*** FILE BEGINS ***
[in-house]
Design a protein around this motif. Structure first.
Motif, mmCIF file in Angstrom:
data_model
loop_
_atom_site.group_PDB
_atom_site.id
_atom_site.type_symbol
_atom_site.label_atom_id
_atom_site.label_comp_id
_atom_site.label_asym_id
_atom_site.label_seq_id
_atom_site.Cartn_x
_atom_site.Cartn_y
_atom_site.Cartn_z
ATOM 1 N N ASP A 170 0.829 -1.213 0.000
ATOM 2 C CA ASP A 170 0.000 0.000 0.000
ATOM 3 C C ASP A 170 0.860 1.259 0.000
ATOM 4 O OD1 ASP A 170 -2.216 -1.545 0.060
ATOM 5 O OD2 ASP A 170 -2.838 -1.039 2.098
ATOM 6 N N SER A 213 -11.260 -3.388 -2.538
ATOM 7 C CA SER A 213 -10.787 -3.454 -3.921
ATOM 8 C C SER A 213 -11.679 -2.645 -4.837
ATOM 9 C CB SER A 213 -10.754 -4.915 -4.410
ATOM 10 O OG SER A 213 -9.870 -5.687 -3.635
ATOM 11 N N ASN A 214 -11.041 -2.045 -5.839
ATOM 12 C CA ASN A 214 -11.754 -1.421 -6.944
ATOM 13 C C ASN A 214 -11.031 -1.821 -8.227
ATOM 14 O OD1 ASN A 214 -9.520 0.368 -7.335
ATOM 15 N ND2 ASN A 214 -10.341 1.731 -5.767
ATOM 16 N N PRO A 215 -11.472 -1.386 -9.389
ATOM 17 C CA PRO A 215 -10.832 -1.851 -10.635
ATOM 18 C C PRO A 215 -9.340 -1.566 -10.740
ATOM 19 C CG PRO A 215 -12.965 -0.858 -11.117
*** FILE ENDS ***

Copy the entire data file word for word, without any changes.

[in-house]
Design a protein around this motif. Structure first.
Motif, mmCIF file in Angstrom:
data_model
loop_
_atom_site.group_PDB
_atom_site.id
_atom_site.type_symbol
_atom_site.label_atom_id
_atom_site.label_comp_id
_atom_site.label_asym_id
_atom_site.label_seq_id
_atom_site.Cartn_x
_atom_site.Cartn_y
_atom_site.Cartn_z
ATOM 1 N N ASP A 170 0.829 -1.213 0.000
ATOM 2 C CA ASP A 170 0.000 0.000 0.000
ATOM 3 C C ASP A 170 0.860 1.259 0.000
ATOM 4 O OD1 ASP A 170 -2.216 -1.545 0.060
ATOM 5 O OD2 ASP A 170 -2.838 -1.039 2.098
ATOM 6 N N SER A 213 -11.260 -3.388 -2.538
ATOM 7 C CA SER A 213 -10.787 -3.454 -3.921
ATOM 8 C C SER A 213 -11.679 -2.645 -4.837
ATOM 9 C CB SER A 213 -10.754 -4.915 -4.410
ATOM 10 O OG SER A 213 -9.870 -5.687 -3.635
ATOM 11 N N ASN A 214 -11.041 -2.045 -5.839
ATOM 12 C CA ASN A 214 -11.754 -1.421 -6.944
ATOM 13 C C ASN A 214 -11.031 -1.821 -8.227
ATOM 14 O OD1 ASN A 214 -9.520 0.368 -7.335
ATOM 15 N ND2 ASN A 214 -10.341 1.731 -5.767
ATOM 16 N N PRO A 215 -11.472 -1.386 -9.389
ATOM 17 C CA PRO A 215 -10.832 -1.851 -10.635
ATOM 18 C C PRO A 215 -9.340 -1.566 -10.740
ATOM 19 C CG PRO A 215 -12.965 -0.858 -11.117